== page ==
It is inherently difficult to stick to healthy and nutritious eating when you don’t have full control over what you eat each day. Some of you might be unused to cooking and preparing meals for yourselves while others just might not be able to find or prioritize the time. Some of you even eat according to the whims and diets of others. Let me tell you right now, we all have different relationships with food and we all in some way put our preferences first. How can you get the nutrition you need in order to achieve your goals when you’re eating according to the guidelines of someone who isn’t mindful of what you’re trying to do? This may not be intentional and most of the time it isn’t. If you don’t have some kind of goal, most people don’t really think too hard about what they’re going to eat each week, let alone each day.
If your goal is to build healthier habits when it comes to eating and to manage your weight, it’s time to analyze all your obstacles and figure out ways to either eliminate them or come to a compromise that puts you in control of what is going into your body.
We all face some kind of temptation on a daily or weekly basis that compels us to stray from our scheduled plans. Some strays are welcomed and understandable, but if you find yourself constantly out of control of your diet, how can you expect to truly adopt healthier habits and achieve your goals? Obviously we can’t all be perfect every single day, but I am a firm believer that 80% of the time we should strive to stay within OUR personal definitions of healthy and timely eating.
Through working with my clients, I do have some insight on how YOU might begin to take steps in order to take full control over you diet and reach whatever health, nutrition, or fitness goals you may have.
Plan out your meals every week
In order to take ownership of what you put into your body you have to KNOW what you plan on putting into your body. Taking time to think about what you would like to eat for the entire week takes the guesswork out of figuring out what you’d like to eat each day and helps prevent you from resorting to less healthier/easier to access junk foods. When you have a plan each week and have put thought into what you would like to eat each day, you’ll greatly reduce cravings because you’re actually eating according to what YOU would like to eat.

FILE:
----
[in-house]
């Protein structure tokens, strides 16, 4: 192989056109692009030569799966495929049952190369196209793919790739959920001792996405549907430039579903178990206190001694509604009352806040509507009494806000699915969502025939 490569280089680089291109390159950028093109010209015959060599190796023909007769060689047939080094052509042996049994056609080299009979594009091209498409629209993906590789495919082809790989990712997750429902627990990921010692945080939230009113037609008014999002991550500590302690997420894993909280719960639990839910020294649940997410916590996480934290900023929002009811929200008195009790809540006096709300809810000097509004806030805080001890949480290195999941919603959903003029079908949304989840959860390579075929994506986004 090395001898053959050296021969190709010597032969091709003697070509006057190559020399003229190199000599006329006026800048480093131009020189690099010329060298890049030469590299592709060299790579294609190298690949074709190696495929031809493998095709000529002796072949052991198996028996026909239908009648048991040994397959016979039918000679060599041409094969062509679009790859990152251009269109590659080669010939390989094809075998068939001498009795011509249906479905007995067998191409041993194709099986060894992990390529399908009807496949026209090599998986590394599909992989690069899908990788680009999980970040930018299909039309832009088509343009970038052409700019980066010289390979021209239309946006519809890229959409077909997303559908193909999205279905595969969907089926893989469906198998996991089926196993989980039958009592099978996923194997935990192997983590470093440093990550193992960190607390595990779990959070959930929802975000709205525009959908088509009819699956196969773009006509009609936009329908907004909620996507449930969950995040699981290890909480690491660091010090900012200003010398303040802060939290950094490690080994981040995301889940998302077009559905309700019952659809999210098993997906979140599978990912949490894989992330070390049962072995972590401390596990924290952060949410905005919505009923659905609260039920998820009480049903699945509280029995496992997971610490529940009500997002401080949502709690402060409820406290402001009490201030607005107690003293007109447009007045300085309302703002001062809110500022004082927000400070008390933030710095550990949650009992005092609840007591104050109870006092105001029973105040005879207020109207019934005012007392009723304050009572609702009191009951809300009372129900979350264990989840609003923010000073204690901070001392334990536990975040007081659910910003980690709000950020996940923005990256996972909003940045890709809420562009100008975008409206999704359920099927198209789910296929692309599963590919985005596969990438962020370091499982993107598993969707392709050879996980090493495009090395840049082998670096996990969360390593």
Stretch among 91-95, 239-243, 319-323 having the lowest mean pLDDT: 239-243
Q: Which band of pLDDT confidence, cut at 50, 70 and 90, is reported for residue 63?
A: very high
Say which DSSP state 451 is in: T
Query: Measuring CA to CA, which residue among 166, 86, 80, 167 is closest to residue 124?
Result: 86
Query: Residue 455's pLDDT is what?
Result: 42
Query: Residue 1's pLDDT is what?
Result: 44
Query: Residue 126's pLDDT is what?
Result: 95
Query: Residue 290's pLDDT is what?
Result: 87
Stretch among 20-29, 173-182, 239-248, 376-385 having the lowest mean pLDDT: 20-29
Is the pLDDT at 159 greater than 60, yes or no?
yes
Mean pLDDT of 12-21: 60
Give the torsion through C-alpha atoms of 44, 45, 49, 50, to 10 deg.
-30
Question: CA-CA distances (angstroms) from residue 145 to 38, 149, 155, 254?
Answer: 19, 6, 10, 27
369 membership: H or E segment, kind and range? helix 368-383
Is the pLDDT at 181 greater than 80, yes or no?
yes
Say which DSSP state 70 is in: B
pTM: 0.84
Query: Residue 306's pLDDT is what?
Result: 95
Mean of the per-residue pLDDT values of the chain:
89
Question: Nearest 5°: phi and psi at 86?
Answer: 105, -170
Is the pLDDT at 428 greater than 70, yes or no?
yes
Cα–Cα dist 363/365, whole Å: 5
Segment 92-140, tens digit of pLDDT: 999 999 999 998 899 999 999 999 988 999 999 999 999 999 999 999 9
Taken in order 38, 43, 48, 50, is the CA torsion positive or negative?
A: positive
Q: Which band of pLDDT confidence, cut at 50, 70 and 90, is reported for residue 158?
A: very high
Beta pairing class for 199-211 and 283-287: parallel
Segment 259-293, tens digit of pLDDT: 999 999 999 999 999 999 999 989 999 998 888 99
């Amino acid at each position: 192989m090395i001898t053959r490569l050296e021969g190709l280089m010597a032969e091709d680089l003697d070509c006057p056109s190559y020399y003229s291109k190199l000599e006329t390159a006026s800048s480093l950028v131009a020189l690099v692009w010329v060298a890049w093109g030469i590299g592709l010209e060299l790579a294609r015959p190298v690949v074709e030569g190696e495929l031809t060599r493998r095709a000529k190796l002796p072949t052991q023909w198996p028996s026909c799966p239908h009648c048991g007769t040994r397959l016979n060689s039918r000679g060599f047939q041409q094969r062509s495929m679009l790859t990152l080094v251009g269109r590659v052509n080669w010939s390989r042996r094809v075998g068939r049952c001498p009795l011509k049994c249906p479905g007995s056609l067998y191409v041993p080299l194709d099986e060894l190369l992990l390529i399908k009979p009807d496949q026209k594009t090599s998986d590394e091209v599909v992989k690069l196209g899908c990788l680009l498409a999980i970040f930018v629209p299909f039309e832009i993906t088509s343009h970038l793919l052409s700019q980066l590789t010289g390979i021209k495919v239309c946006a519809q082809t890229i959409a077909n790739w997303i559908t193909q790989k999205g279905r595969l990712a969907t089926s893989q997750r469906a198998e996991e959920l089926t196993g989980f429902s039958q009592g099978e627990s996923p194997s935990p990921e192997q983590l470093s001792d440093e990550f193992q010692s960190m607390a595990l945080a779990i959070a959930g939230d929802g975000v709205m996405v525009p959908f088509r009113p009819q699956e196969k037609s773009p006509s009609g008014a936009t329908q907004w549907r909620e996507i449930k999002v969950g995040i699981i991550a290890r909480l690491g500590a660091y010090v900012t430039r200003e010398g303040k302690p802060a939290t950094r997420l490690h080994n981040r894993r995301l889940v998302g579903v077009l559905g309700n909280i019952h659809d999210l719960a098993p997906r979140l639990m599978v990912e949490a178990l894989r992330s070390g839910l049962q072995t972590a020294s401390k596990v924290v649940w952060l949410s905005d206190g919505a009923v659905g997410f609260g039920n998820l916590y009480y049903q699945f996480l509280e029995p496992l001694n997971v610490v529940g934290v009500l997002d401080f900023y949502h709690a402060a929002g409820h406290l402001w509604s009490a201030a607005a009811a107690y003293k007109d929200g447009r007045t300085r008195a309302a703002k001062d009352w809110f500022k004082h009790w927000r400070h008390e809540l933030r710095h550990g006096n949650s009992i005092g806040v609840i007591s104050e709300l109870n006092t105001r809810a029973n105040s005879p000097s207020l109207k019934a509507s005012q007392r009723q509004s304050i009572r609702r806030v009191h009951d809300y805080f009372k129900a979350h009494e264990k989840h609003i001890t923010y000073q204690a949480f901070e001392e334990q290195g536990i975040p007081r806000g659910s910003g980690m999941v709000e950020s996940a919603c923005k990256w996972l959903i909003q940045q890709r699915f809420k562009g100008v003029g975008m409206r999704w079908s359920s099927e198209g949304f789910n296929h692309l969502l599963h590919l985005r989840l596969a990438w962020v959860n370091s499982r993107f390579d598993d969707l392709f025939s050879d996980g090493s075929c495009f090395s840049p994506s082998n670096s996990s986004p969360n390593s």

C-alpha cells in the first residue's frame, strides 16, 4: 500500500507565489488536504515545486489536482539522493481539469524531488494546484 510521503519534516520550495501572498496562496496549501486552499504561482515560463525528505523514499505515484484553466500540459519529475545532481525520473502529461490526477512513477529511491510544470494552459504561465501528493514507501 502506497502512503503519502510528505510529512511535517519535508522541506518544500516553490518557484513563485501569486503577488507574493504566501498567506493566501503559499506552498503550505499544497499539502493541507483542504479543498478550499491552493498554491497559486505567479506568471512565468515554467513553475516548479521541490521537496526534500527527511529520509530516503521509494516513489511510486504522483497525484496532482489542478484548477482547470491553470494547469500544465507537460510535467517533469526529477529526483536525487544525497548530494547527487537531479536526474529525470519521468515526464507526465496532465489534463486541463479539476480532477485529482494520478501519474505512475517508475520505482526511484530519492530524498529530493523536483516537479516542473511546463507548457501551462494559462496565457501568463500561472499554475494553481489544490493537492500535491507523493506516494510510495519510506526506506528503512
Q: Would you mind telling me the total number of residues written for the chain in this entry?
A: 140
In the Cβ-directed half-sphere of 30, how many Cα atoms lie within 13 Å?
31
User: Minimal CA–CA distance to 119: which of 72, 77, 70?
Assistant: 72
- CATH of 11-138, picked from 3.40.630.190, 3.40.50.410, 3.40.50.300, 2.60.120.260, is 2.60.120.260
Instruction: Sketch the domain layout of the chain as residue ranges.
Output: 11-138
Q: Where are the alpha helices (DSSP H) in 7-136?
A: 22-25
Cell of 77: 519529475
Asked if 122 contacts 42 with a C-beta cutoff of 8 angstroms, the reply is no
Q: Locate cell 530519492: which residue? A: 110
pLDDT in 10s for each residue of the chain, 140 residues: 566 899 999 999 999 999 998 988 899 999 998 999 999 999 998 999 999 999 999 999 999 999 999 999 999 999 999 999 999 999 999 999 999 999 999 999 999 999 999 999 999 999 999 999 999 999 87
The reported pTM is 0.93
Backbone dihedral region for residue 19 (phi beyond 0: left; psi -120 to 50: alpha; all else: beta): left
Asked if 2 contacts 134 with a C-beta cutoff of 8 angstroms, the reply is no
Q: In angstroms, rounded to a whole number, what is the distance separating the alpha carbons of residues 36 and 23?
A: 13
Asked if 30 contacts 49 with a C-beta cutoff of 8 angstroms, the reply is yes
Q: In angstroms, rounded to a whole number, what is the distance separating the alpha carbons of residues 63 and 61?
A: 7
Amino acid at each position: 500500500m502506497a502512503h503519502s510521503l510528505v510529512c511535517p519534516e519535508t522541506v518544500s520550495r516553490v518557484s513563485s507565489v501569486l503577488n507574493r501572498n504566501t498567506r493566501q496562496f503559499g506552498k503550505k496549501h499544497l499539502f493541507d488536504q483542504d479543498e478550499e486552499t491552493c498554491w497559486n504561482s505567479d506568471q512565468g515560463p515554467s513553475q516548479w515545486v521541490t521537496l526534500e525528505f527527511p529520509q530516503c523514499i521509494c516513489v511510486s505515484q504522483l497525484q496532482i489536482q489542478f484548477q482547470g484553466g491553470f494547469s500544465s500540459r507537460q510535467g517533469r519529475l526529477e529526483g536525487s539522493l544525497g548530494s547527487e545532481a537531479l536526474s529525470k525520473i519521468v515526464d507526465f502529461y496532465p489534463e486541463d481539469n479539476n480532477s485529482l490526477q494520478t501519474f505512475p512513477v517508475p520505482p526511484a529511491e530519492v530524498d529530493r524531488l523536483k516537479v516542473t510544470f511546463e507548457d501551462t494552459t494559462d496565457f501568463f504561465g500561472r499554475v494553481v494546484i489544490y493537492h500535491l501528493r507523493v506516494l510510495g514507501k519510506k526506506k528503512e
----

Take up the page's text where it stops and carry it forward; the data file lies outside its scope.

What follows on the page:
Create a grocery list based on those plans
It’s significantly easier to create your grocery list for the week when you already know what you plan on eating and making. Use the meal plan you created above to formulate your grocery list for the week so you know exactly what you need in order to stay accountable.
Shop for yourself
Make an effort to head to the store and do your own shopping. That way you’ll be able to select exactly which versions or brands of what you need. For instance, having “chicken sausage” on your list might not be interpreted by other’s shopping for you as “no preservatives”, “all-natural”, or “organic”. If you’re a stickler for those varieties of food, it’s best to select your own food to avoid any misunderstandings.
Enlist the support of your family and friends
In order to take proper ownership of your diet, sometimes it is necessary to ask for help from others. This is particularly important when it comes to keeping trigger foods in the house. Most people will understand once you explain your goals to them and why this is necessary. Some will even jump on board with you and try to make healthier selections themselves.
Meal-prepping is the art of making meals in bulk at some point in the week so you always have something available to eat later in the week. It saves both time and money if you’re mindful of what you’re making. A good structure for a meal prep is a veggie or fruit, a starchy carb like rice or potatoes, and some form of protein (meat or beans). These items are cheap to buy individually and easy to prepare.
This blog is not intended to substitute for informed medical advice. You should not use this information to diagnose or treat a health problem or condition. Always check with your doctor before changing your diet, altering your sleep habits, taking supplements, or starting a new fitness routine.